Darius Quisenberry Youngstown State 6-1 Sophomore
Jahmi’us Ramsey Texas Tech 6-4 Freshman
Paul Reed Jr. DePaul 6-9 Junior
Nick Richards Kentucky 6-11 Junior
Colbey Ross Pepperdine 6-1 Junior
Fatts Russell Rhode Island 5-10 Junior
Joe Saterfield Ranger CC (TX) 6-4 Freshman
Jayden Scrubb John A. Logan College (IL) 6-6 Sophomore
Aamir Simms Clemson 6-9 Junior
Ja’Vonte Smart LSU 6-4 Sophomore
Chris Smith UCLA 6-9 Junior
Collin Smith UCF 6-11 Junior
Jalen Smith Maryland 6-10 Sophomore
Justin Smith Indiana 6-7 Junior
Mitchell Smith Missouri 6-10 Junior
Stef Smith Vermont 6-1 Junior
Ben Stanley Hampton 6-6 Sophomore
Cassius Stanley Duke 6-6 Freshman
Isaiah Stewart Washington 6-9 Freshman
Parker Stewart UT-Martin 6-5 Sophomore
Terry Taylor Austin Peay 6-5 Junior
MaCio Teague Baylor 6-3 Junior
Tyrell Terry Stanford 6-1 Freshman
Justin Thomas Morehead State 5-11 Junior
Ethan Thompson Oregon State 6-5 Junior
Xavier Tillman Sr. Michigan State 6-8 Junior
Jeremiah Tilmon Missouri 6-10 Junior
Obi Toppin Dayton 6-9 Sophomore
Jordan Tucker Butler 6-7 Junior
Devin Vassell Florida State 6-6 Sophomore
Alonzo Verge Jr. Arizona State 6-3 Junior
Chris Vogt Cincinnati 7-1 Junior
CJ Walker Ohio State 6-1 Junior
Trendon Watford LSU 6-9 Freshman
Ibi Watson Dayton 6-5 Junior
Nick Weatherspoon Mississippi State 6-2 Junior
Kaleb Wesson Ohio State 6-9 Junior
Jarrod West Marshall 5-11 Junior
Romello White Arizona State 6-8 Junior
Kahlil Whitney Kentucky 6-6 Freshman
DeAndre Williams Evansville 6-9 Sophomore
Emmitt Williams LSU 6-6 Sophomore
Keith Williams Cincinnati 6-5 Junior
Patrick Williams Florida State 6-8 Freshman
James Wiseman Memphis 7-1 Freshman
Robert Woodard II Mississippi State 6-7 Sophomore
McKinley Wright IV Colorado 6-0 Junior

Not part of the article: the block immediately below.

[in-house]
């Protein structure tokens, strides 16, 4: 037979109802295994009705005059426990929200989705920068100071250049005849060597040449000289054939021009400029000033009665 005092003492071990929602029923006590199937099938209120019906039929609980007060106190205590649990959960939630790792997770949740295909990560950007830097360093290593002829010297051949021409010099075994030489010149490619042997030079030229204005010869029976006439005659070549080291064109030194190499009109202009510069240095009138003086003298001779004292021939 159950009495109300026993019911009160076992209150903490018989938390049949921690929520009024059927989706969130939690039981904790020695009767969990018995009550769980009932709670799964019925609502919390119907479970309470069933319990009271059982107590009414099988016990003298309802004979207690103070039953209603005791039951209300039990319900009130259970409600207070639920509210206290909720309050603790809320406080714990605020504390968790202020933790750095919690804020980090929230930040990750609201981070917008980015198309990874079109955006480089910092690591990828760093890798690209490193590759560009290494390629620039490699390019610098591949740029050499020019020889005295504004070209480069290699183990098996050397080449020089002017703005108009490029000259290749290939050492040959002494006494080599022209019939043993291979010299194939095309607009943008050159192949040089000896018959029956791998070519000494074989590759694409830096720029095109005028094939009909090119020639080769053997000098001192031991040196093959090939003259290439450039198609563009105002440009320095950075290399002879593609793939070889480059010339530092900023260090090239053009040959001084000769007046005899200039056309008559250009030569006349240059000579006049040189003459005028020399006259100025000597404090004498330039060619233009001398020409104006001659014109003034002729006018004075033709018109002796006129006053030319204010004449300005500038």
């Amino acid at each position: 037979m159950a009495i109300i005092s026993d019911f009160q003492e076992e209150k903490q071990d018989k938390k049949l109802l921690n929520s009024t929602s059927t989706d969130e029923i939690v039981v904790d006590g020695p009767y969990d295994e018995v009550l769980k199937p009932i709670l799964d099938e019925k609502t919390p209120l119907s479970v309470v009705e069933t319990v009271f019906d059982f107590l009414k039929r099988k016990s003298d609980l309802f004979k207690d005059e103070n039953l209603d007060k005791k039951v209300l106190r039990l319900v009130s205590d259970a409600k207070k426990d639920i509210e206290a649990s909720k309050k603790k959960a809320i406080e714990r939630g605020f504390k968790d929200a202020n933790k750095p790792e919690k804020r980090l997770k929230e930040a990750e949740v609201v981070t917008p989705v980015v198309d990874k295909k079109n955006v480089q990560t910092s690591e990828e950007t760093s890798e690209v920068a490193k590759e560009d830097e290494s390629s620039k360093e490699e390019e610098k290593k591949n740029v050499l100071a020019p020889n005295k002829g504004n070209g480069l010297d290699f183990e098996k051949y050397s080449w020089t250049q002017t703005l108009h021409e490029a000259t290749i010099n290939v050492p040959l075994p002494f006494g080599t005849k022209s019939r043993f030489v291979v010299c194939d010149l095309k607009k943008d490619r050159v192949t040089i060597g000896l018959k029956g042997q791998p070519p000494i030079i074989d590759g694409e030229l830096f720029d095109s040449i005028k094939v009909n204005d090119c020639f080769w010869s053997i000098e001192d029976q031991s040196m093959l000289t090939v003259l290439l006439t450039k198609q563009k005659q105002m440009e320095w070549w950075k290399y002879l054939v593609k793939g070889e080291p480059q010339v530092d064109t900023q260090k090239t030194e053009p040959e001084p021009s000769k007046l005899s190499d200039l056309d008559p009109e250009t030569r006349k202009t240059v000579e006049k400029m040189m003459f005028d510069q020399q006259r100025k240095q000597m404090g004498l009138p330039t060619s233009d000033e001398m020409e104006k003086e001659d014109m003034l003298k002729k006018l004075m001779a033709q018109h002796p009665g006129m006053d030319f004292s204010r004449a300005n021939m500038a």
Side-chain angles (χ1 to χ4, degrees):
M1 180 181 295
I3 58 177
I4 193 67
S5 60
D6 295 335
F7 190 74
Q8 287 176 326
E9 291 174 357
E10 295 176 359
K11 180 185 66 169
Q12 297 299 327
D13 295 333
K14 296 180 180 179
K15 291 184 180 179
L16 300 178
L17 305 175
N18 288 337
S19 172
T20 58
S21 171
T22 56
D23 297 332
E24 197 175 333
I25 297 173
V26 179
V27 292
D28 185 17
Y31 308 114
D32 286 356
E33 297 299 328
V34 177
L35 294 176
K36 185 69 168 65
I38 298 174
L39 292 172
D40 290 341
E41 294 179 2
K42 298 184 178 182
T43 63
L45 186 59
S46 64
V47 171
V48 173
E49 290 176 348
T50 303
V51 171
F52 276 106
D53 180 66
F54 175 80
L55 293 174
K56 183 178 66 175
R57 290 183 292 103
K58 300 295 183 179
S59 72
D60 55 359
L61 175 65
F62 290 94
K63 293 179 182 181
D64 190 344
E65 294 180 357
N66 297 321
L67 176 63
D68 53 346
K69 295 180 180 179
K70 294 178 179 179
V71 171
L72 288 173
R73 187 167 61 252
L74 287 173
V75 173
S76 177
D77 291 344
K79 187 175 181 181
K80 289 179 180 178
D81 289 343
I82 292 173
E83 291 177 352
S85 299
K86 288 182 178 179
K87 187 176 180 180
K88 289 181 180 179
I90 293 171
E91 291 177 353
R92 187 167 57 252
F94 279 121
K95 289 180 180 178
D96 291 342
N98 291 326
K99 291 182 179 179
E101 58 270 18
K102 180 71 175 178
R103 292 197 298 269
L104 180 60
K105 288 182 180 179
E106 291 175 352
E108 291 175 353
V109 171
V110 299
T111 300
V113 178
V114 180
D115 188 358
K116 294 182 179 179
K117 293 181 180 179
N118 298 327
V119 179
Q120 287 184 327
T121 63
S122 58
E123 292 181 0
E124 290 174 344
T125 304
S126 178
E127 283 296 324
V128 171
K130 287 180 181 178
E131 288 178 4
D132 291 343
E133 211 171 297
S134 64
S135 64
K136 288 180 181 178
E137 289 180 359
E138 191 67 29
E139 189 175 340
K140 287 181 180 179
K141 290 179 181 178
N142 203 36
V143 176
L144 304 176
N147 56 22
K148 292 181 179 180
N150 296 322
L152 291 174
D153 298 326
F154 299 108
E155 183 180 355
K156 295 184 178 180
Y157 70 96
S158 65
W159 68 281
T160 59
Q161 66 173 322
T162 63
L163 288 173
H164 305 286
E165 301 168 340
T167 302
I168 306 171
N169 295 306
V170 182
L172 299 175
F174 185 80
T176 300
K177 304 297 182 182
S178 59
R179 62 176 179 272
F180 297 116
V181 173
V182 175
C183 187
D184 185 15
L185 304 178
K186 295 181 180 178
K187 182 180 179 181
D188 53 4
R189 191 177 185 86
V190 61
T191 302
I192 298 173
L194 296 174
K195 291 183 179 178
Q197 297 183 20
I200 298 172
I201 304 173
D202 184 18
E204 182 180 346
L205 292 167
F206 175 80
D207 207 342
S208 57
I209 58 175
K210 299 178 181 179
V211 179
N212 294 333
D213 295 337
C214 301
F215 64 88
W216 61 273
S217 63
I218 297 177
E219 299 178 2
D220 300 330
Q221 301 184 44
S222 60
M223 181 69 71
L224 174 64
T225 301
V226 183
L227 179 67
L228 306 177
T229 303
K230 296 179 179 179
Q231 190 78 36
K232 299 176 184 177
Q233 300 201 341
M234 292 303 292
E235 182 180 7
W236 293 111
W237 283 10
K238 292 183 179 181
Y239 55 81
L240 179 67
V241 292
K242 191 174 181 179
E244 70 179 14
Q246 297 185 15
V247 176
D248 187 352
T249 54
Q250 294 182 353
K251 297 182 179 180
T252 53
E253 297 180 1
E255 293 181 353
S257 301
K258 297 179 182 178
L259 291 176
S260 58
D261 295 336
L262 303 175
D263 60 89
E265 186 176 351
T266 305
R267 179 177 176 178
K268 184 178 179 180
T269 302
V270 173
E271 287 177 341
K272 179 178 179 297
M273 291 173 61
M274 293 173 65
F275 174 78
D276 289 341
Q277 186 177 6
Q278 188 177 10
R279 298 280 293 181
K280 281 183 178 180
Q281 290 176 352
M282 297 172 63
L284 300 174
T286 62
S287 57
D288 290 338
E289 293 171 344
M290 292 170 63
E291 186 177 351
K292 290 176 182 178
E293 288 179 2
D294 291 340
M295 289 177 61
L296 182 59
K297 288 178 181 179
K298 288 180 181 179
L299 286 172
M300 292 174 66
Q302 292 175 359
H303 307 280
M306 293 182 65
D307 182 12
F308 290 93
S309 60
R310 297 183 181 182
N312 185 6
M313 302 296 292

Omer Yurtseven Georgetown 7-0 Junior
Berke Atar MZT Skopje (Macedonia) 6-11 1999 DOB
Deni Avdija Maccabi Tel Aviv (Israel) 6-8 2001 DOB
Brancou Badio Barcelona (Spain) 6-3 1999 DOB
Darko Bajo Split (Croatia) 6-10 1999 DOB
Philippe Bayehe Roseto (Italy) 6-9 1999 DOB
Marek Blazevic Rytas (Lithuania) 6-10 2001 DOB
Adrian Bogucki Radom (Poland) 7-1 1999 DOB
Leandro Bolmaro Barcelona (Spain) 6-6 2000 DOB
Vinicius Da Silva Prat (Spain) 7-0 2001 DOB
Henri Drell Pesaro (Italy) 6-9 2000 DOB
Imru Duke Zentro Basket (Spain) 6-8 1999 DOB
Michele Ebeling Kleb Ferrara (Italy) 6-9 1999 DOB
Paul Eboua Pesaro (Italy) 6-8 2000 DOB
Osas Ehigiator Fuenlabrada (Spain) 6-10 1999 DOB
Joel Ekamba Limoges (France) 6-5 2001 DOB
Selim Fofana Neuchatel (Switzerland) 6-3 1999 DOB
Miguel Gonzalez Baskonia (Spain) 6-7 1999 DOB
Killian Hayes Ratiopharm Ulm (Germany) 6-5 2001 DOB
Sehmus Hazer Bandirma (Turkey) 6-3 1999 DOB
Rokas Jokubaitis Zalgiris (Lithuania) 6-4 2000 DOB
Georgios Kalaitzakis Nevezis (Lithuania) 6-8 1999 DOB
Vit Krejci Zaragoza (Spain) 6-8 2000 DOB
Arturs Kurucs VEF Riga (Latvia) 6-3 2000 DOB
Dut Mabor Roseto (Italy) 7-1 2001 DOB
Yam Madar Hapoel Tel Aviv (Israel) 6-2 2000 DOB
Theo Maledon ASVEL (France) 6-4 2001 DOB
Karim Mane Vanier (Canada) 6-5 2000 DOB
Sergi Martinez Barcelona (Spain) 6-8 1999 DOB
Nikola Miskovic Mega Bemax (Serbia) 6-10 1999 DOB
Aristide Mouaha Roseto (Italy) 6-3 2000 DOB
Caio Pacheco Bahia Basket (Argentina) 6-3 1999 DOB
Joel Parra Joventut (Spain) 6-8 2000 DOB
Aleksej Pokusevski Olympiacos (Greece) 7-0 2001 DOB
Sander Raieste Kalev/Cramo (Estonia) 6-9 1999 DOB
Nikolaos Rogkavopoulos AEK (Greece) 6-8 2001 DOB
Yigitcan Saybir Anadolu Efes (Turkey) 6-7 1999 DOB
Njegos Sikiras Fuenlabrada (Spain) 6-9 1999 DOB
Marko Simonovic Mega Bemax (Serbia) 6-11 1999 DOB
Mouhamed Thiam Nanterre (France) 6-9 2001 DOB
Uros Trifunovic Partizan (Serbia) 6-7 2000 DOB